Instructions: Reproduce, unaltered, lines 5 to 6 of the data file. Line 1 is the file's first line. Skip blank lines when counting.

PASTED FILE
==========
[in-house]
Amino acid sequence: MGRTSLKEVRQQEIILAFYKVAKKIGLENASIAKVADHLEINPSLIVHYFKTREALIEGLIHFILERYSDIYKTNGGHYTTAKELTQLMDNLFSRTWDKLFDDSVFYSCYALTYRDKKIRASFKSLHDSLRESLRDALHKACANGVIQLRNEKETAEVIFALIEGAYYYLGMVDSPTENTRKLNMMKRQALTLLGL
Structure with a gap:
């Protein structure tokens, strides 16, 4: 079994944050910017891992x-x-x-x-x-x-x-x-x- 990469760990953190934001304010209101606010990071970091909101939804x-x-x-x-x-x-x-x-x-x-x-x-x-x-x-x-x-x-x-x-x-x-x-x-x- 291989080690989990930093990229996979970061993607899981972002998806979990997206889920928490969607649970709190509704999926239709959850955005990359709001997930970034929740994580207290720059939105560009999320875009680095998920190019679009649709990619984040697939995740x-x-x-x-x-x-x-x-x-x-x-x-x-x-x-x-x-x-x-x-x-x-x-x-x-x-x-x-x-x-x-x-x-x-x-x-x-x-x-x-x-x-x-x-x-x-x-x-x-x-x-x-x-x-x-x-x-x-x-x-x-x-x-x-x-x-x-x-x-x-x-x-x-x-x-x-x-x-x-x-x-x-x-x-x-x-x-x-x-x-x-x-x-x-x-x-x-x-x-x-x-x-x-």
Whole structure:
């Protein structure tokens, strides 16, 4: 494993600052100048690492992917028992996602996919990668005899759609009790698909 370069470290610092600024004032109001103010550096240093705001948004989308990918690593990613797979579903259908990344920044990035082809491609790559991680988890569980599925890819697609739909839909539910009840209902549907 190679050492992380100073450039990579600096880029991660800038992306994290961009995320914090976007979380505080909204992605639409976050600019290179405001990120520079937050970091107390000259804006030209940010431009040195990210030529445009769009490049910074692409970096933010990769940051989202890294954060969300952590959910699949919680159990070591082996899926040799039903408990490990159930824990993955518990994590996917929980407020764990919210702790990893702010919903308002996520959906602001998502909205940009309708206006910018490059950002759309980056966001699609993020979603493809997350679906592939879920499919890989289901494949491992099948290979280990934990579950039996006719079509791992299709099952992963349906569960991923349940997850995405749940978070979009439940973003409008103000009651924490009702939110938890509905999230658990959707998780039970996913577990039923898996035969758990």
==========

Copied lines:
Whole structure:
């Protein structure tokens, strides 16, 4: 494993600052100048690492992917028992996602996919990668005899759609009790698909 370069470290610092600024004032109001103010550096240093705001948004989308990918690593990613797979579903259908990344920044990035082809491609790559991680988890569980599925890819697609739909839909539910009840209902549907 190679050492992380100073450039990579600096880029991660800038992306994290961009995320914090976007979380505080909204992605639409976050600019290179405001990120520079937050970091107390000259804006030209940010431009040195990210030529445009769009490049910074692409970096933010990769940051989202890294954060969300952590959910699949919680159990070591082996899926040799039903408990490990159930824990993955518990994590996917929980407020764990919210702790990893702010919903308002996520959906602001998502909205940009309708206006910018490059950002759309980056966001699609993020979603493809997350679906592939879920499919890989289901494949491992099948290979280990934990579950039996006719079509791992299709099952992963349906569960991923349940997850995405749940978070979009439940973003409008103000009651924490009702939110938890509905999230658990959707998780039970996913577990039923898996035969758990």